Old Moon

Tuesday, August 5, 2008

Confession of a Revision Addict

Recently I put together yet another packet to send to a publisher, this time in an effort to find a home for a collection of short stories. I've been trying this once or twice a year for perhaps three years now, so to fulfill instructions for supplying a sample, I merely copied the first three stories in the group, printed them, and sent them off in the envelope. I've read and spell-checked until I'm heartily sick of those pieces, even if they are among my first-born, so to speak.

Then I found another possible publisher who requests the whole ms. with the query. This time I began to re-read the whole thing(maybe 67,000 words) just to make sure I hadn't missed some ridiculous syntactic gaffe or confusing transition. And there I was again, back at the stumbling block that made me quit trying to write altogether until we got a computer, namely: the compulsion to revise.

When taking art lessons, I heard my instructors repeatedly warn against "overworking" and urging the students to "know when to stop." What my problem seems to be, at least in part, is that I can't figure out how to do that with words. How do you know when to stop? The first story in the group was my second sale, heavily edited when it was published (not by me), and written over 25 years ago. And there I sat, re-wording, cutting, tweaking. Then I did it again for the second story. Now I'm launched on the rest of them. I have other things to do! Why can't I decide to leave well enough alone? Is it because of some book I'm reading for fun this week? Have I been influenced by the blogs I'm becoming addicted to that are written by professionals who put me to shame? Have I taken a new perspective from which to view the original story? Have my cutting and pasting done it any good at all?

In Snoopy's incomparable word, "Aargh!"


kitty said...

I blogged a book of 10 very short stories several years ago. I printed my book on my computer, which I describe here. (By the way, that post is dated 12/21/05, the day before my mother had a heart attack. She died 9 months later from cancer.)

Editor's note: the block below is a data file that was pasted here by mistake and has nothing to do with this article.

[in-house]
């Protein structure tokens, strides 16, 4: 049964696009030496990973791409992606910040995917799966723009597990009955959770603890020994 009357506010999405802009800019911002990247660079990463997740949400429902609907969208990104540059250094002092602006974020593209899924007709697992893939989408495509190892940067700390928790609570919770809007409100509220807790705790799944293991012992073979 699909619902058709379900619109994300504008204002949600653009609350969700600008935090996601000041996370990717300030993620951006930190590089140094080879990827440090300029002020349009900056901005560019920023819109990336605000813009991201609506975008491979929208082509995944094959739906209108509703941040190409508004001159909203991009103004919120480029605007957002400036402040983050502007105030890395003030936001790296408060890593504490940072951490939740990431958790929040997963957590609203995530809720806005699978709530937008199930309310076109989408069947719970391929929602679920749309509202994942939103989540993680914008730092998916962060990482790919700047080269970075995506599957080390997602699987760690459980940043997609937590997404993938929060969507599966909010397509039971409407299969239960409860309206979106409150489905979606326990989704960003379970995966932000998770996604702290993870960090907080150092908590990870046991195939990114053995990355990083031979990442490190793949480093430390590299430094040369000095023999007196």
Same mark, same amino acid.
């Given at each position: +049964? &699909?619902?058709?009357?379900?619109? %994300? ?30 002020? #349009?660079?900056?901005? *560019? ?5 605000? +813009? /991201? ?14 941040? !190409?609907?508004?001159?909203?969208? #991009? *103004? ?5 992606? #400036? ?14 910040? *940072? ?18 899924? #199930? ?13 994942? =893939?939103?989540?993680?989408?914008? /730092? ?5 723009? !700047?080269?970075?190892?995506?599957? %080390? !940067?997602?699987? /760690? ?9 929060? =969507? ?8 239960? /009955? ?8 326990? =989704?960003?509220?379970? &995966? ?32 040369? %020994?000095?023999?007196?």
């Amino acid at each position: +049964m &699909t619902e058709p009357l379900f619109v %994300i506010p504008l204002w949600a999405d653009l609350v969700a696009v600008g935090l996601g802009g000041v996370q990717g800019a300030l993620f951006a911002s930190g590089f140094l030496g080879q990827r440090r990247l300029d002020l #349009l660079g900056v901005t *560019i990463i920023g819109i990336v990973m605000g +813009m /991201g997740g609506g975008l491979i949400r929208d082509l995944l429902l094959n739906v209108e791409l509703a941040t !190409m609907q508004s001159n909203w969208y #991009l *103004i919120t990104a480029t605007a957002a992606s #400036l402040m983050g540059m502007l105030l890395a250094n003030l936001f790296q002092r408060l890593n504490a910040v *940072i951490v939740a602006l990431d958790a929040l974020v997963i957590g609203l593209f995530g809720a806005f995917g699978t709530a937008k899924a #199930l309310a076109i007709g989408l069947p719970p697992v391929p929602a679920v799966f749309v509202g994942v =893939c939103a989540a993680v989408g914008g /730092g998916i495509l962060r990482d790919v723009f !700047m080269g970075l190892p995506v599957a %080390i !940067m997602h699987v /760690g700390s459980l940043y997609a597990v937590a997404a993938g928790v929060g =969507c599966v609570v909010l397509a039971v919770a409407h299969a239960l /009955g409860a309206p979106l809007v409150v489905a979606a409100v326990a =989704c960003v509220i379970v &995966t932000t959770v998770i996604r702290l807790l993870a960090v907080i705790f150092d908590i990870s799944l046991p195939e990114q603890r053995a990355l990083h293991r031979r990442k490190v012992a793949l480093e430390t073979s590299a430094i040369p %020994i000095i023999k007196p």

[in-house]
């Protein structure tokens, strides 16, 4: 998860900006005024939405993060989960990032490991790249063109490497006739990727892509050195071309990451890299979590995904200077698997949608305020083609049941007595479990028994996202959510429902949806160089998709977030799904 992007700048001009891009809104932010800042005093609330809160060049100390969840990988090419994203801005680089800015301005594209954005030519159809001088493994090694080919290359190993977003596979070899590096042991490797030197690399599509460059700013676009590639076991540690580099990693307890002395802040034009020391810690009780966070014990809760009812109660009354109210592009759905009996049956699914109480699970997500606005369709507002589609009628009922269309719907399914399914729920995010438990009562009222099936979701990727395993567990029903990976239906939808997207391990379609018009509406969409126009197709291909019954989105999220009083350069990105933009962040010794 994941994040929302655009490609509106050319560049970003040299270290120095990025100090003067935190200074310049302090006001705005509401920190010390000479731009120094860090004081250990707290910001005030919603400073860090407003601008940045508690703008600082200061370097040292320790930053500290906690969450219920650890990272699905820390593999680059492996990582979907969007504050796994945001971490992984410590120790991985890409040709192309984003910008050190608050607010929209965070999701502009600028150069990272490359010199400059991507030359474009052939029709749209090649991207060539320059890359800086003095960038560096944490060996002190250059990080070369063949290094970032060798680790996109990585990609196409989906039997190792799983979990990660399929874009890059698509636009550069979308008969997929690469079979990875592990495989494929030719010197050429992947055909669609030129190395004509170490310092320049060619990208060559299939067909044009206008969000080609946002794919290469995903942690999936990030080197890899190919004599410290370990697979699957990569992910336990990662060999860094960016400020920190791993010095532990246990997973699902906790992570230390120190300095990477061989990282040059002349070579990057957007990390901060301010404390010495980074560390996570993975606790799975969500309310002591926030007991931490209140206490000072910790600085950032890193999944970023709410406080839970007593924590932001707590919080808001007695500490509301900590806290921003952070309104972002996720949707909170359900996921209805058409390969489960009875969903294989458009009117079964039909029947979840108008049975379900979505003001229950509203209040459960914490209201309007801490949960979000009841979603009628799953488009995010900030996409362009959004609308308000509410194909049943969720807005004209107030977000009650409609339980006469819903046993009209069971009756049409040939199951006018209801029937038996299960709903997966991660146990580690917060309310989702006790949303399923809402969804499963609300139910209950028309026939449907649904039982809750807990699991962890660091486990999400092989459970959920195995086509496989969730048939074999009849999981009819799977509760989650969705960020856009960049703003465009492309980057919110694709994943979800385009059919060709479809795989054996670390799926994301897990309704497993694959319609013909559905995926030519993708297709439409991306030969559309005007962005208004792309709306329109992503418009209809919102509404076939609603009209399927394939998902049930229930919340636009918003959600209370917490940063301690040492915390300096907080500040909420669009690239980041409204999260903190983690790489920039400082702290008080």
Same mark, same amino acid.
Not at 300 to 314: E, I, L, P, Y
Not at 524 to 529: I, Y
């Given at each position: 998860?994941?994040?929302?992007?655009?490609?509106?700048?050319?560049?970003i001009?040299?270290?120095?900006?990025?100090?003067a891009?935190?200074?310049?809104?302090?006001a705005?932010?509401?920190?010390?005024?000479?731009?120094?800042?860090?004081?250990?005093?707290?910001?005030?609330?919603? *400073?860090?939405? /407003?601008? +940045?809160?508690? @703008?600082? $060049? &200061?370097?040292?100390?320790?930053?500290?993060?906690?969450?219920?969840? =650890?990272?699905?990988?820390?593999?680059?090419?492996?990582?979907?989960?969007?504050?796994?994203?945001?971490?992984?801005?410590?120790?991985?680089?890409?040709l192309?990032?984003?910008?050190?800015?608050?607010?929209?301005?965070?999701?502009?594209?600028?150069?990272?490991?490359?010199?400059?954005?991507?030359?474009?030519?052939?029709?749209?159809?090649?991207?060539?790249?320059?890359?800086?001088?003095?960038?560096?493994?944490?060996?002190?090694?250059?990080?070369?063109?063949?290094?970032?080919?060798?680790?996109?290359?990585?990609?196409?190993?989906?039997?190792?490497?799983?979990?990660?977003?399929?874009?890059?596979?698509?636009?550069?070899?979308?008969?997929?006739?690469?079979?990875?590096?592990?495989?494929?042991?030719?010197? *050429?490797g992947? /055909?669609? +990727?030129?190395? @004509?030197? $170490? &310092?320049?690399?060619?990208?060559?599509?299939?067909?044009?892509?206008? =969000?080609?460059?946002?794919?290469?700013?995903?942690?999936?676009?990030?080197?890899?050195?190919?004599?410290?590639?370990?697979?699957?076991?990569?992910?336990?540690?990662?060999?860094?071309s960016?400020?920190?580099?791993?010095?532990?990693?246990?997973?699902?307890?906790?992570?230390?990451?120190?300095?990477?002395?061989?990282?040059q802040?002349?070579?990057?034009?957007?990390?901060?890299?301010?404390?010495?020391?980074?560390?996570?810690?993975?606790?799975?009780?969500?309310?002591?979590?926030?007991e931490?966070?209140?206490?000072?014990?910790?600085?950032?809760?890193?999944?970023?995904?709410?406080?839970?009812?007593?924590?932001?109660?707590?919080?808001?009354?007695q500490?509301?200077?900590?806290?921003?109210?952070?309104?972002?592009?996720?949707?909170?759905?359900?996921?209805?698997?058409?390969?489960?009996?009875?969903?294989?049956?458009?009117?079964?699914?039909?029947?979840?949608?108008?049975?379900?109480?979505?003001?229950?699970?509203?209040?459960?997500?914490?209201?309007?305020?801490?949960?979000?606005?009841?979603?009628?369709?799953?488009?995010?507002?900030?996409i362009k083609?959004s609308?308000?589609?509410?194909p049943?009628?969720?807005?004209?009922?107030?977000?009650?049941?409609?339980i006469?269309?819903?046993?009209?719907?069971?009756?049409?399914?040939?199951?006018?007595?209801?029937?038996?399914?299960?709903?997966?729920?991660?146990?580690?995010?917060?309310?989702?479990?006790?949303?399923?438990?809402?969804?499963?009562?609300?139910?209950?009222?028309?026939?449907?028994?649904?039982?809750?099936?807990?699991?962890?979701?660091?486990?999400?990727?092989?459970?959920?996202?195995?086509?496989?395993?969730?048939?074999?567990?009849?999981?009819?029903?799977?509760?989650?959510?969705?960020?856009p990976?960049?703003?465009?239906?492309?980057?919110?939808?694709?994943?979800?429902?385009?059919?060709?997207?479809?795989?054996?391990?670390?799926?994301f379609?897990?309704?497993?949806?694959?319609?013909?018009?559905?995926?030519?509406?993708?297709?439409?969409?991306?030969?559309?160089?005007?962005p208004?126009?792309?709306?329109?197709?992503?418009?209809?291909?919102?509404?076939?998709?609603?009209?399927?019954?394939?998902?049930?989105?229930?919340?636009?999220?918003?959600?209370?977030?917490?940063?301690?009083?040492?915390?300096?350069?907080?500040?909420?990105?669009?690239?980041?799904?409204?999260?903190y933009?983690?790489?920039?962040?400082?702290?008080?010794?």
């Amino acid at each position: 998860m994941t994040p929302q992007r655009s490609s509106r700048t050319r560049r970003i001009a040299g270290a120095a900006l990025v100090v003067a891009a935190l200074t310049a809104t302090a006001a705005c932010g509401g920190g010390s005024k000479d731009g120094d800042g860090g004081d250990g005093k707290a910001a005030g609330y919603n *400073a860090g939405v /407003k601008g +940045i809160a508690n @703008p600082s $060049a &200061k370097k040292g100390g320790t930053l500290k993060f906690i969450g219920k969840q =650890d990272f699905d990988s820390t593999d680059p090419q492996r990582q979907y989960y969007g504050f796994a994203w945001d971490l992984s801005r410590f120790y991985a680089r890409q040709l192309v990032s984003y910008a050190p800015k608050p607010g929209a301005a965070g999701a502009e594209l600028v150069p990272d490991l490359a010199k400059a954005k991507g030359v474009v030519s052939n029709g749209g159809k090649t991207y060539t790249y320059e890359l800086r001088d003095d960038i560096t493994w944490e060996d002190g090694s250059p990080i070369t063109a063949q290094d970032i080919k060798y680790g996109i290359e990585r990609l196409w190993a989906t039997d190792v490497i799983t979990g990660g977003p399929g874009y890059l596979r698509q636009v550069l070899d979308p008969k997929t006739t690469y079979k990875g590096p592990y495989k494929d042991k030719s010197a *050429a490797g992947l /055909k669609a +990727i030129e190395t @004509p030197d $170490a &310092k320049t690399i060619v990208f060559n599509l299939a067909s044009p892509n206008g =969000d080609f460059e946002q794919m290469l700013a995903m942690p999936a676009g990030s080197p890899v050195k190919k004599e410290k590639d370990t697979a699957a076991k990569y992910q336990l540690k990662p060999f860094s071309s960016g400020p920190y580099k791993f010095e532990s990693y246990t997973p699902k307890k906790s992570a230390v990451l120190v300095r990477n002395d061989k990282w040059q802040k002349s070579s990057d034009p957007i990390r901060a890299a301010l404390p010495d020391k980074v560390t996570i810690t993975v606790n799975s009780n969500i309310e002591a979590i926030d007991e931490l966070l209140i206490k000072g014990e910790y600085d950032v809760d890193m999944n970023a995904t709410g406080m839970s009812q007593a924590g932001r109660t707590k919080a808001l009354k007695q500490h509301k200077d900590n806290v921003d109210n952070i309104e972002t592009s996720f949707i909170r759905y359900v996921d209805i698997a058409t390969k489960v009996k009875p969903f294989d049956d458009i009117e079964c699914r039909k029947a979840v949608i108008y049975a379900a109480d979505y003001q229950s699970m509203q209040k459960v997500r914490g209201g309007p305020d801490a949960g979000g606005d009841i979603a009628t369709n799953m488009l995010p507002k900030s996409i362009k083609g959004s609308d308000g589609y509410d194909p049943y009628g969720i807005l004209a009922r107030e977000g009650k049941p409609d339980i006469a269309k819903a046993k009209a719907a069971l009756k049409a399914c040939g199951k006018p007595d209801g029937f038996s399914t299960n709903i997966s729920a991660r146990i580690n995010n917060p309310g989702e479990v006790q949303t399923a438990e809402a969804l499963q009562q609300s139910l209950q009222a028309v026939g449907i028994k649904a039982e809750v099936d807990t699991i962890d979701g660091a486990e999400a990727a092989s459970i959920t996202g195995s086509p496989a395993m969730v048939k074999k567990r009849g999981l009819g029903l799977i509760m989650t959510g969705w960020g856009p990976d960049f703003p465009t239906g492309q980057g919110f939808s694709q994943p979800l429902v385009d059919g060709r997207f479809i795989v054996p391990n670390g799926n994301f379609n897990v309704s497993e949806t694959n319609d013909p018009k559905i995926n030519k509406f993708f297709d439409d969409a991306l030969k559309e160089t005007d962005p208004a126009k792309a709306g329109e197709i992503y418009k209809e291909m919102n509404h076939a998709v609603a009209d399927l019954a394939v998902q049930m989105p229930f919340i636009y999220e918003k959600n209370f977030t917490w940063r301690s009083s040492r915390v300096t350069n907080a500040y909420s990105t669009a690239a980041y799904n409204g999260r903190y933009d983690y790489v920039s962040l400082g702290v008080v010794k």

To date, I've printed 6 copies and have given them to friends and family. I now have my mother's copy, and occasionally I get it out and read the stories again. I still love them. Yet, I'd nit-pik them to shreds if I could.

I discovered your blog from the comment you left at Byline's blog. I've e-mailed them, and even called and left a message, and have not received any reply. I want to know if my stories posted on my blog are eligible for consideration by Byline. (They've got some great contests listed!)

Because some markets do consider my stories "published," I've blocked its access. I don't want to delete the blog, but I'd consider it if I could get them published.

I can truly empathize with your editing compulsion. I suffer from it, too. It's a curse, isn't it.


Nancy said...

Thanks for passing along your website. I have the revision bug myself. I have a manuscript that is finished but needs "just a little more tweaking" before I'm ready to send it out. I think for me it's another form of writer's block: I can't start something new until I finish this one.

Regarding the idea of online book club, I think there are so many of us that can't be pinned down to a regular meeting time and place but still want the interchange about books. I'm learning a little about wikis--webpages that allow input from lots of people. I want to incorporate this in my teaching but I think it has lots of potential for online discussion outside the classroom as well.

Nancy Simpson said...

Joan, I got your blogsite from Glenda Beall. I especially enjoyed Confessions of a Revision Addict. I got thinking maybe you are a poet because that is what poets do- cut, tweak, revise, revise, revise. And we do not think it odd to do so.
It is as normal as breathing. My only suggestion is
keep submitting but keep good records. Keep an at the moment definitive copy. With short story, I believe the writer is the agent. It is hard to get anyone to do that job other than the writer. Since you have published a novel already, you have a head start, but I think you may have to be your own agent. For short story, It is my understanding publishers look at the acknowledgement page, so it is good to get as many of the individual stories published as you can. Then send the manuscrit with those published listed on the acknowledgement page. I wish you the best in getting your work published. Nancy Simpson

JLC said...

Dear Kitty:
Who knew there were so many of us out there? I have tried Byline many times, though never with any success. It was all many years ago, so maybe now's the time to try again. I'm of two minds about putting "creative" writing up on the blog. I did put up one story, then took it down. Have to rethink that now. Please, keep in touch!

JLC said...

Nancy P:
What a great idea the wikki thing sound like! What level do you teach? English? Please, tell me more.

JLC said...

To Nancy Simpson:
You're so right about short stories! It never occurred to me to do anything but peddle them myself. Onward. One thing I've discovered recently since writing a regualr column of reviews and some essays is how much easier it is to write nonfiction than fiction. Thanks to Glenda, and now the people she has referred to my blog, I feel so much less alone in all this. Please stay in touch!